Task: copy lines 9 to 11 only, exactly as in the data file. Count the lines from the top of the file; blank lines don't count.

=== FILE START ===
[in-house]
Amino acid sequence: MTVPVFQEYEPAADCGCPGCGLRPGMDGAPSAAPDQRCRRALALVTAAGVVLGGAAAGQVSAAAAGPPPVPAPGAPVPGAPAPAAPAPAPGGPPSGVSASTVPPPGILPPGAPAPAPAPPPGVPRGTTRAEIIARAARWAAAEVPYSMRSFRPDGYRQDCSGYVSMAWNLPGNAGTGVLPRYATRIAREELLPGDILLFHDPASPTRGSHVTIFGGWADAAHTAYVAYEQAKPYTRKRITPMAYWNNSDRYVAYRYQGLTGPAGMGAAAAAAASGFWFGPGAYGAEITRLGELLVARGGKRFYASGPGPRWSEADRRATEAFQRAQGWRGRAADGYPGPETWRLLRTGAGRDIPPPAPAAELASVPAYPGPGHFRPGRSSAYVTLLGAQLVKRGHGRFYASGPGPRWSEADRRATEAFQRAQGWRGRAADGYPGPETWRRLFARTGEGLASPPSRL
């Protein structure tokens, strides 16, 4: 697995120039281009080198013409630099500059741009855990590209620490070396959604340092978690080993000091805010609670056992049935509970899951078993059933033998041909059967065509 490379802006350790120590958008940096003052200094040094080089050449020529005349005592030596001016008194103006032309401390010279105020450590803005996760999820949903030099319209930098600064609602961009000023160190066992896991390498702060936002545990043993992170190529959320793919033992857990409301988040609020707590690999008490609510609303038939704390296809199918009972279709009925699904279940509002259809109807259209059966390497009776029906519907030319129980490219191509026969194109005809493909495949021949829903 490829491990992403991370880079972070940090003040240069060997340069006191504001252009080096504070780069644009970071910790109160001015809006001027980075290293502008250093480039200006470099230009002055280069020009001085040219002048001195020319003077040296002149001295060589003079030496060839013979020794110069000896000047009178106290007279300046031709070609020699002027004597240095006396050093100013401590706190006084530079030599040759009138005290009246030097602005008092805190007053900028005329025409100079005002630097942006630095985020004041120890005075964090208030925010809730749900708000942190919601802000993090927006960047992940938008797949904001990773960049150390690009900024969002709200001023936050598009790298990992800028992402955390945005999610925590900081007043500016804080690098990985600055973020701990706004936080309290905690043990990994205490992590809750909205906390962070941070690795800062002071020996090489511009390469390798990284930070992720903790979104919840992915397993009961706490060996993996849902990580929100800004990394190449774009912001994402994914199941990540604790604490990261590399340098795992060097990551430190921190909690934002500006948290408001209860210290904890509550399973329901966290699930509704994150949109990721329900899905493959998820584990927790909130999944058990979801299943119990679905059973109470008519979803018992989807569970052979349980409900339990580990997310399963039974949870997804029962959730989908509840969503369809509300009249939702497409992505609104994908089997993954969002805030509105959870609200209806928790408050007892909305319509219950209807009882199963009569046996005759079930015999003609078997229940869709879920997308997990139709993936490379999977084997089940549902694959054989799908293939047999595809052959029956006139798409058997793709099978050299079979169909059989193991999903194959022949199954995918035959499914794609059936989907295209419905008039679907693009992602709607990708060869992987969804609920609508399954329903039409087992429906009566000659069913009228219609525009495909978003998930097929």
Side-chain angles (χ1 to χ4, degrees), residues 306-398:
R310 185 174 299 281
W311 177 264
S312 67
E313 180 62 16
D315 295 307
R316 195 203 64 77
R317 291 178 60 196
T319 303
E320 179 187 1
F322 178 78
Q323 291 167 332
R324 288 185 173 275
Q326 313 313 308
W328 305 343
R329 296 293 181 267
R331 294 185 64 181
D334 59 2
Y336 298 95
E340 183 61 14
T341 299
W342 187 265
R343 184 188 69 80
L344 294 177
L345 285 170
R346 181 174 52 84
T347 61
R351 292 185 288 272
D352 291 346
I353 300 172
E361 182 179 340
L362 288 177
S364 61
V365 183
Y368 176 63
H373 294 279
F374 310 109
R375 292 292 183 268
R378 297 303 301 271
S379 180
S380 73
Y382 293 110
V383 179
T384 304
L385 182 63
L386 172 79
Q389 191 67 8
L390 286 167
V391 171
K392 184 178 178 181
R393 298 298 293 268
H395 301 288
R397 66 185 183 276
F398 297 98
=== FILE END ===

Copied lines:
D315 295 307
R316 195 203 64 77
R317 291 178 60 196